The Trial Chamber dismissed Vojislav Seselj’s motion to stop the trial for purported abuse of process. Zoran Krasic and Slavko Jerkovic see their status as legal advisers restored and will now be able to help Seselj with his case, if the accused decides to proceed with it

Vojislav Seselj in the courtroomVojislav Seselj in the courtroom

The Trial Chamber hearing the case against the Serbian Radicals’ leader Vojislav Seselj on charges of crimes against humanity in BH, Croatia and Vojvodina, dismissed the motion of the accused to stop the proceedings against him for purported abuse of process. Seselj presented the motion orally at the administrative hearing in October 2009, noting that his rights had been violated because of the delays in the prosecution case.

At the administrative hearing, Seselj repeated that his indictment was the result of a deal between Chief Prosecutor Carla Del Ponte and late Serbian prime minister Zoran Djindjic. Seselj also noted that the prosecution intimidated his witnesses and failed to prove the counts in the indictment.

In its decision divulged today, the Trial Chamber didn’t even consider the first two allegations of the accused, having already done so and dismissed them. The Trial Chamber will rule on Seselj’s third claim – that the prosecution has failed to prove the allegations in the indictment – after a Rule 98 bis hearing. Seselj has indicated that he will demand to be acquitted pursuant to the Tribunal’s Rule 98 bis in late March, once all the witnesses have been heard. According to Seselj, the prosecution has not called a shred of evidence proving Seselj’s responsibility for the crimes he is charged with.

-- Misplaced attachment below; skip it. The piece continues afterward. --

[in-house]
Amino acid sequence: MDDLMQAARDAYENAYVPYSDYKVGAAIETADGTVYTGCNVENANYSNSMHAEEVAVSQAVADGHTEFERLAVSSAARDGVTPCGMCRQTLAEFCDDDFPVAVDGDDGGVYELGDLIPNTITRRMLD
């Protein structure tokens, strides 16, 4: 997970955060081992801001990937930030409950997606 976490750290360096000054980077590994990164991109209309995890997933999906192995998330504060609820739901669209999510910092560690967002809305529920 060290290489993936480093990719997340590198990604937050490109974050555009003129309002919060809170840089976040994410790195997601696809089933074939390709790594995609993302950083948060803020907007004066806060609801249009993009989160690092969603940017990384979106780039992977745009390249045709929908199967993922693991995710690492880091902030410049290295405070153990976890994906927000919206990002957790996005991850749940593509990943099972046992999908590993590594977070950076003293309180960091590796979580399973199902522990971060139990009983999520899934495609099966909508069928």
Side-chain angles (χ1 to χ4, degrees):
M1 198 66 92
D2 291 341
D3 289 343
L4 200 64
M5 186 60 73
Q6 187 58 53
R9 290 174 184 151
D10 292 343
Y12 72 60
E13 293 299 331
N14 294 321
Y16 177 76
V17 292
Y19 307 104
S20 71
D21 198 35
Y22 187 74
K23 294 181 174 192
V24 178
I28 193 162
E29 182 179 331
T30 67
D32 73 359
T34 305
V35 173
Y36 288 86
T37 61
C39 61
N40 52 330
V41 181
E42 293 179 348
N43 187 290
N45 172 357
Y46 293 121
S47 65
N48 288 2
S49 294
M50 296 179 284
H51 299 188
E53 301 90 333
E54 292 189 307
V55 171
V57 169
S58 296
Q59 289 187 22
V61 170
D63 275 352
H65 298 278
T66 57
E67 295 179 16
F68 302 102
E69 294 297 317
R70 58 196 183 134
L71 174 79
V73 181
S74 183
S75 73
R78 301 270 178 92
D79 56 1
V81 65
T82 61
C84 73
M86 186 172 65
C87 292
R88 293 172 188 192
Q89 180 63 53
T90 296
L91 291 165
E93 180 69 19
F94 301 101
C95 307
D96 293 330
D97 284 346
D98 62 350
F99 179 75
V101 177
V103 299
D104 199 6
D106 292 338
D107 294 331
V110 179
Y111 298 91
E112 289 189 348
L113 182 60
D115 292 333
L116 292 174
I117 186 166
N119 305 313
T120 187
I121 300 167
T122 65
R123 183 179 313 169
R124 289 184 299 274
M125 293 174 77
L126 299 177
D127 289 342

The only argument that the Trial Chamber considered at all was his claim that his trial went on for too long. The Trial Chamber contends that in Seselj’s case the right of the accused to an expeditious trial has not been violated in the view of ‘the complexity of the case, number of witnesses and admitted evidence’, the behavior of the parties and serious accusations against Seselj. That is why Seselj’s motion to stop the trial was rejected.

The Trial Chamber did grant Seselj’s other motion and restored the legal adviser status to Zoran Krasic and Slavko Jerkovic; they are to help Seselj go on with his case if he decides to do so. In November 2008, Zoran Krasic and Slavko Jerkovic were stripped of their status amid allegations that they were involved in the intimidation of prosecution witnesses and disclosure of confidential information. They also made public statements to ‘discredit the Tribunal’.